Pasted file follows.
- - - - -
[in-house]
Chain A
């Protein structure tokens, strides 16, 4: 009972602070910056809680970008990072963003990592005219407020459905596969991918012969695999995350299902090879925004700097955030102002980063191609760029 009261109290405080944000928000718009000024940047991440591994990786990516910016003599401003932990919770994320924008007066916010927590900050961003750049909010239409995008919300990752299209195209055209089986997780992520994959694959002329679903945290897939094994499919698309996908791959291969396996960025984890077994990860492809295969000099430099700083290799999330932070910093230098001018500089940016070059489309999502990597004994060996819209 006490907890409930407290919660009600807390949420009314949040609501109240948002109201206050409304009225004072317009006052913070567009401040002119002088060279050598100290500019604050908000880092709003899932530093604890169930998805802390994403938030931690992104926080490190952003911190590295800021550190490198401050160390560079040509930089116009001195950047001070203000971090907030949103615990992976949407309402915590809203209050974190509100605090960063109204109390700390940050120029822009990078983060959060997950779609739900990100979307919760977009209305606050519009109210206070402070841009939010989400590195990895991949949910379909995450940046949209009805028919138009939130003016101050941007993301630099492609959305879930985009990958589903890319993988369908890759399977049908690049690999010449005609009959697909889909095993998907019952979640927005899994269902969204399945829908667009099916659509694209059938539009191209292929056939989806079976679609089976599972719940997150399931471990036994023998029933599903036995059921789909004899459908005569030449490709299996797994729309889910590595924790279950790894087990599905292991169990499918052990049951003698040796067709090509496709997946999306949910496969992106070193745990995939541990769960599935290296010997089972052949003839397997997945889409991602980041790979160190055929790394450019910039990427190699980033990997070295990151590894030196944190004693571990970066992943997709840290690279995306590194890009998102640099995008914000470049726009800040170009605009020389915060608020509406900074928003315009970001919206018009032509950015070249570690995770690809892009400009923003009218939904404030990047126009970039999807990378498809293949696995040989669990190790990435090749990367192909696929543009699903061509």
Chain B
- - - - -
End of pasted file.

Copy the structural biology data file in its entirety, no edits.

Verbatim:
[in-house]
Chain A
């Protein structure tokens, strides 16, 4: 009972602070910056809680970008990072963003990592005219407020459905596969991918012969695999995350299902090879925004700097955030102002980063191609760029 009261109290405080944000928000718009000024940047991440591994990786990516910016003599401003932990919770994320924008007066916010927590900050961003750049909010239409995008919300990752299209195209055209089986997780992520994959694959002329679903945290897939094994499919698309996908791959291969396996960025984890077994990860492809295969000099430099700083290799999330932070910093230098001018500089940016070059489309999502990597004994060996819209 006490907890409930407290919660009600807390949420009314949040609501109240948002109201206050409304009225004072317009006052913070567009401040002119002088060279050598100290500019604050908000880092709003899932530093604890169930998805802390994403938030931690992104926080490190952003911190590295800021550190490198401050160390560079040509930089116009001195950047001070203000971090907030949103615990992976949407309402915590809203209050974190509100605090960063109204109390700390940050120029822009990078983060959060997950779609739900990100979307919760977009209305606050519009109210206070402070841009939010989400590195990895991949949910379909995450940046949209009805028919138009939130003016101050941007993301630099492609959305879930985009990958589903890319993988369908890759399977049908690049690999010449005609009959697909889909095993998907019952979640927005899994269902969204399945829908667009099916659509694209059938539009191209292929056939989806079976679609089976599972719940997150399931471990036994023998029933599903036995059921789909004899459908005569030449490709299996797994729309889910590595924790279950790894087990599905292991169990499918052990049951003698040796067709090509496709997946999306949910496969992106070193745990995939541990769960599935290296010997089972052949003839397997997945889409991602980041790979160190055929790394450019910039990427190699980033990997070295990151590894030196944190004693571990970066992943997709840290690279995306590194890009998102640099995008914000470049726009800040170009605009020389915060608020509406900074928003315009970001919206018009032509950015070249570690995770690809892009400009923003009218939904404030990047126009970039999807990378498809293949696995040989669990190790990435090749990367192909696929543009699903061509």
Chain B